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Whoo hoo! You read a food label.

Now keep those good habits going with a few of our favorite food label-reading tricks.

Three ways to master food labels

  1. Look at the top of the label. Read the calories per serving and think about how many servings you normally eat. Remember, if you eat two servings, you’ll need to double the calories and all the other nutrients on the label.
  2. Peek at the fat and sodium content. The American Heart Association recommends the average person consume less than 13 grams of saturated fat, no trans fats, and less than 1,500 mg of sodium per day.
  3. Check the amount of soluble fiber. Remember that eating enough dietary fiber each day can lower your levels of LDL, or bad, cholesterol.

The next time you’re shopping, just remember that some of the healthiest foods in the store, like fresh fruits and vegetables don’t need a nutrition label to tell you they’re good for you!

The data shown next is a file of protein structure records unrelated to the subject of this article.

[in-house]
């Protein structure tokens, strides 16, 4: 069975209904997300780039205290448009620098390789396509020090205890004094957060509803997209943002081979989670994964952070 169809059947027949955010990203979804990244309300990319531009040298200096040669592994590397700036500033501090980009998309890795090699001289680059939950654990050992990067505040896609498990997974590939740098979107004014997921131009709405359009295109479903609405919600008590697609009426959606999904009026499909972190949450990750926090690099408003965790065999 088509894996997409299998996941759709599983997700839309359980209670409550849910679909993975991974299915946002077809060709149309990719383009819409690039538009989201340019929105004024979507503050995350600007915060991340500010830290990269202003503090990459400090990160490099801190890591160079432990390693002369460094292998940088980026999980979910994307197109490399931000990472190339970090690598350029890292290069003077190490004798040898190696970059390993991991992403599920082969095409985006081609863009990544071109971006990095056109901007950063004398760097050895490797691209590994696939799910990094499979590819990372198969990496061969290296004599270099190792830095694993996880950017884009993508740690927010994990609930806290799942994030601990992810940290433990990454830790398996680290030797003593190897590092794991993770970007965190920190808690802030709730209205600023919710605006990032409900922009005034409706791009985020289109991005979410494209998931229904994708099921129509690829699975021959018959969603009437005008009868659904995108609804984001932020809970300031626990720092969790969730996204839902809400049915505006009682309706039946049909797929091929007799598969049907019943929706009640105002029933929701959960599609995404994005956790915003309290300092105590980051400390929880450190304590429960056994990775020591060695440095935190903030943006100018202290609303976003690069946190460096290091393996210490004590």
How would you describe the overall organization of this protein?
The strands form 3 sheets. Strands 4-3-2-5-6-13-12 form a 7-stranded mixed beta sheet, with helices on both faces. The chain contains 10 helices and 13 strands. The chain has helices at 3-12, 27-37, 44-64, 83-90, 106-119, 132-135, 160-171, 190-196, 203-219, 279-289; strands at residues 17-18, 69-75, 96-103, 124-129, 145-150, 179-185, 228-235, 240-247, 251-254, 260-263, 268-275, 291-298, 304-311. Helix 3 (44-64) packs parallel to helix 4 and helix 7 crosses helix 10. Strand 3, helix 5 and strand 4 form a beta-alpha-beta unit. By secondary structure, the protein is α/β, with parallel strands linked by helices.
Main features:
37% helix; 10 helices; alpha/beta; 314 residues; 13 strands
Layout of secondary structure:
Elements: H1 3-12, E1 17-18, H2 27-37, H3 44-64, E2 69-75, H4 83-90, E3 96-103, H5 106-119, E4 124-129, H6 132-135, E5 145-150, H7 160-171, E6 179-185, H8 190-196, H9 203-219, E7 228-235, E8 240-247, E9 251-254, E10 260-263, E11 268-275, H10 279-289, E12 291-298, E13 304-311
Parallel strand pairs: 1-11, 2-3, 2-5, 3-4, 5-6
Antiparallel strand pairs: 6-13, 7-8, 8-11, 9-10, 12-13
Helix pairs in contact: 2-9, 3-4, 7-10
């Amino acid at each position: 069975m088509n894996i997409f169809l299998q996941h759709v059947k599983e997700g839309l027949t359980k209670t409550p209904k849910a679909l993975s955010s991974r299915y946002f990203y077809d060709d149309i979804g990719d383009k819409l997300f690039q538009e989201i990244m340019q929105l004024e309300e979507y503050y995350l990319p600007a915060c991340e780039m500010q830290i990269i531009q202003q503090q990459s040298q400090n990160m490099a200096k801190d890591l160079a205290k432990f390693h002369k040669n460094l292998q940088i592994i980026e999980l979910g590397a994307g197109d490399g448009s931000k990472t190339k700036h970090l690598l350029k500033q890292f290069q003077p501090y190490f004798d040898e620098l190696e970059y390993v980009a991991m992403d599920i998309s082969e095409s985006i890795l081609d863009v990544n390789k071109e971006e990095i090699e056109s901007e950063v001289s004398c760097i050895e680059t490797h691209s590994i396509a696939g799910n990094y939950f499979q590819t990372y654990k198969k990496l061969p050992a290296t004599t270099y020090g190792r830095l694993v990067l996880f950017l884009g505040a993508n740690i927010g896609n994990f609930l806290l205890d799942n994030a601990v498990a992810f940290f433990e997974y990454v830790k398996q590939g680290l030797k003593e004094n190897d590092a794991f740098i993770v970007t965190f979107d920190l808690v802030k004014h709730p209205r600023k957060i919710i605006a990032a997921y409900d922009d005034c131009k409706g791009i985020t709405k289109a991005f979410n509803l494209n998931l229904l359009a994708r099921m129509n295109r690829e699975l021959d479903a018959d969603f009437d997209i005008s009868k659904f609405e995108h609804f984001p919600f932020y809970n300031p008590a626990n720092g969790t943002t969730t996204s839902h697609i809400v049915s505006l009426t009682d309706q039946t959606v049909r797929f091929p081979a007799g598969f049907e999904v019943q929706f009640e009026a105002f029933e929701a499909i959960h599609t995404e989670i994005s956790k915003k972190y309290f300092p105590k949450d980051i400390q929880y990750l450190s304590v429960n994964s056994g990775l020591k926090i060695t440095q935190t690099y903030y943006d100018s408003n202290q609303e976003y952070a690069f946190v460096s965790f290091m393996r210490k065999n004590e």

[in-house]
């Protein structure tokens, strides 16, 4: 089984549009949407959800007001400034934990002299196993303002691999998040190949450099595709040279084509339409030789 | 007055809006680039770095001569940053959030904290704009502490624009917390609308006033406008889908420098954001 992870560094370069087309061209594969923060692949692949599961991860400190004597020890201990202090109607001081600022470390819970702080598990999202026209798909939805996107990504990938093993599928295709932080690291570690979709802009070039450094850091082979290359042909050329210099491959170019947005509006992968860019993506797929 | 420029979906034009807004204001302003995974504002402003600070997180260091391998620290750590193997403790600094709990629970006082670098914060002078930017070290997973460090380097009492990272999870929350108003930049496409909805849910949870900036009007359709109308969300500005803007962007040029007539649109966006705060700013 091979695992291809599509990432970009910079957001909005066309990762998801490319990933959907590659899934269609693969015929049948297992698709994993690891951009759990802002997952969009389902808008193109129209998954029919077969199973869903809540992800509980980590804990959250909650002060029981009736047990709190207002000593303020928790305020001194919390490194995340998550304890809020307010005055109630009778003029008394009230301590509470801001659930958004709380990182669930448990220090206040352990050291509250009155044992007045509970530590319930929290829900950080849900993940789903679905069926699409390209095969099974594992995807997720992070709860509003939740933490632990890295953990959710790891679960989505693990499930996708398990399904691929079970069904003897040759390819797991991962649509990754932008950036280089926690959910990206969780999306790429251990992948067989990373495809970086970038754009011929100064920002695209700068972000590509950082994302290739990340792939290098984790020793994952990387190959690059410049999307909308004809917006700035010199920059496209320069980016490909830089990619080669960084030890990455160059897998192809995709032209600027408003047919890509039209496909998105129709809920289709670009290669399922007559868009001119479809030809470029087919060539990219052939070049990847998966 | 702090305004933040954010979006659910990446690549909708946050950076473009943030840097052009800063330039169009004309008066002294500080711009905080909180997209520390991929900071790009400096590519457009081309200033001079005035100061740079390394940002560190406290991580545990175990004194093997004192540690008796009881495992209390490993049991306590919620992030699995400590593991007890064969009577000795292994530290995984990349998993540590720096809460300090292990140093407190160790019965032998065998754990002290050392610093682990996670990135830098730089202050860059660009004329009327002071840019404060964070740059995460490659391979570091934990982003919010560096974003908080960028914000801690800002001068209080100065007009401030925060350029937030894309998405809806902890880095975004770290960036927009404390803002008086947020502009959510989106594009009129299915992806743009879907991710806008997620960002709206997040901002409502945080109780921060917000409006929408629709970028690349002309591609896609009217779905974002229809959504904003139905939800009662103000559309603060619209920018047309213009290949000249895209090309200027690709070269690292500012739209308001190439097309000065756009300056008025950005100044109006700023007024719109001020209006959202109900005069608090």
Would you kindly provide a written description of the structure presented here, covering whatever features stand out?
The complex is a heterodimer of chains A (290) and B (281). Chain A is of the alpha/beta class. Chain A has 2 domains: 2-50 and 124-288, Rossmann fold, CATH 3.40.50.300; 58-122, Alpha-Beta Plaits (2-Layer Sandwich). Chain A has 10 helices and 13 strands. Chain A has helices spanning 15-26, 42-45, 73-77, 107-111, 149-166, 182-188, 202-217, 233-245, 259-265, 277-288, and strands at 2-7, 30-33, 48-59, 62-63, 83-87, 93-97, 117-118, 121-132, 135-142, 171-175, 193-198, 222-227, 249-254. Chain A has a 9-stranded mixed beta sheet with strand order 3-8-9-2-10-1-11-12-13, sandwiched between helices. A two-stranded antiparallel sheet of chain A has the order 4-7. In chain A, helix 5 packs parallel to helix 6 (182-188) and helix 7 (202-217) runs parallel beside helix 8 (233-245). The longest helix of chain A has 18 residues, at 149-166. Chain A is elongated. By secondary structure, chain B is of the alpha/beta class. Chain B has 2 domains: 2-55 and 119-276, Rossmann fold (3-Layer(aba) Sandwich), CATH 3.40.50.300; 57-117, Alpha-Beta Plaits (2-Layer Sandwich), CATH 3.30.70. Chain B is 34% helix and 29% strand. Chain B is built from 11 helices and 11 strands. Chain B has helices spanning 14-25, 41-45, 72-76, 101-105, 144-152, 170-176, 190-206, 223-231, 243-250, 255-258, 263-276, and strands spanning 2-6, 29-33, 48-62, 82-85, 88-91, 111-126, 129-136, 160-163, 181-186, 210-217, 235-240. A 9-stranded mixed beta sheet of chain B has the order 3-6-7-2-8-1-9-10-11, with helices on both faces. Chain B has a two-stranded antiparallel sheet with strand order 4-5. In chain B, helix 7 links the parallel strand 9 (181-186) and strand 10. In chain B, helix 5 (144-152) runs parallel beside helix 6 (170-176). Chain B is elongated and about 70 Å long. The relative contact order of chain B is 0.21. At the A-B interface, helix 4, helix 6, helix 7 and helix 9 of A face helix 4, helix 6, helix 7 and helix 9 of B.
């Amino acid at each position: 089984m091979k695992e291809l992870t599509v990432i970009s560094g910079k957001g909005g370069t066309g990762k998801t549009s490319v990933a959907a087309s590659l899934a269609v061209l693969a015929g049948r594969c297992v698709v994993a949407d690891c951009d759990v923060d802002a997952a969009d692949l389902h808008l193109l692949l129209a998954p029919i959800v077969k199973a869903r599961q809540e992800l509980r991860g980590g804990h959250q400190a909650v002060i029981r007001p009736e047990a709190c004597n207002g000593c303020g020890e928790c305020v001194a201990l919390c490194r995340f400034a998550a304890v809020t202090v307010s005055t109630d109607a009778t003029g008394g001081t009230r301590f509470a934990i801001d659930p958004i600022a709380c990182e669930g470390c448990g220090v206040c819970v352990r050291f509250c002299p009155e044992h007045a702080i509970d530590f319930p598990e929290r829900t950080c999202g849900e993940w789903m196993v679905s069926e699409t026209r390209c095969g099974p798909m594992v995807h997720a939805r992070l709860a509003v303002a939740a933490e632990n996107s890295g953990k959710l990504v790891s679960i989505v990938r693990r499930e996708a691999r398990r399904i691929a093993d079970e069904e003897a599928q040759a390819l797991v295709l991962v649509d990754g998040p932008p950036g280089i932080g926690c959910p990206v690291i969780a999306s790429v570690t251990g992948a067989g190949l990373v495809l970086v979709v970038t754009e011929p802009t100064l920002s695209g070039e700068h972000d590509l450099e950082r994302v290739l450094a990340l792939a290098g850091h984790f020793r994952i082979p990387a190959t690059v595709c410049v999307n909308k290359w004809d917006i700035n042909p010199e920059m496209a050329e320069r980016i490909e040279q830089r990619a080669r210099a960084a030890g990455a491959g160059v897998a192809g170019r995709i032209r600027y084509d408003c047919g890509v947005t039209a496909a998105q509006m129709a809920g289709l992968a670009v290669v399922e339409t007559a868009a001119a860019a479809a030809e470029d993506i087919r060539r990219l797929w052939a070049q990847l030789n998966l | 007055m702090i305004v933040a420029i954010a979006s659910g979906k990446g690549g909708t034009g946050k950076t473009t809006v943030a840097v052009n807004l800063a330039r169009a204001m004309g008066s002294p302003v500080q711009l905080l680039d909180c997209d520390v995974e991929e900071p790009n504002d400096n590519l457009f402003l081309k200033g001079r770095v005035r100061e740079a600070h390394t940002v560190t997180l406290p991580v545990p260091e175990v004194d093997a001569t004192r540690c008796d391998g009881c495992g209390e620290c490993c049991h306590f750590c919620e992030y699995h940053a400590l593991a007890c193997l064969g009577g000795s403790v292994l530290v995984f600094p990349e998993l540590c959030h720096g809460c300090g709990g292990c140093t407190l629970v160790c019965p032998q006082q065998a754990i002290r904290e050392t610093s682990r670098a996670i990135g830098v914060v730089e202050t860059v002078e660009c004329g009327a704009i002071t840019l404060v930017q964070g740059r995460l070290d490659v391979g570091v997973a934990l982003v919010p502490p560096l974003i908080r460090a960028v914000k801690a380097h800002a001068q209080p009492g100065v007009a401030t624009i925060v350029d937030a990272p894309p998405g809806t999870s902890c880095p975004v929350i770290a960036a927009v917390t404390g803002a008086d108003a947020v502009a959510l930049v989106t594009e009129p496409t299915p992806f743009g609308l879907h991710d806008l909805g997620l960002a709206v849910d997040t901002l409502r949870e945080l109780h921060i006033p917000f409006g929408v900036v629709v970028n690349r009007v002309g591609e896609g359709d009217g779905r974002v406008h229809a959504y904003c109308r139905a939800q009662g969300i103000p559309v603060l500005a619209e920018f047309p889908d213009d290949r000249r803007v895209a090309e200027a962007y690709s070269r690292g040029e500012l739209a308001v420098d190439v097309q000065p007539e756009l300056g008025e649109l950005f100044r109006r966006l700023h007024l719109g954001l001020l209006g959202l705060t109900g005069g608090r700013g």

* According to U.S. Food and Drug Administration (FDA): Foods containing at least 0.65 g per serving of plant sterol esters, eaten twice a day with meals for a daily total intake of at least 1.3 g, as part of a diet low in saturated fat and cholesterol, may reduce the risk of heart disease. A serving of our product supplies 1.14 g of plant sterol esters.

Individual results may vary. Supplementation with plant sterol esters typically reduces cholesterol by 5-15% within several weeks. Adding other lifestyle changes, including a heart healthy diet, can reduce cholesterol by up to 30%. Repeat lipid testing is recommended.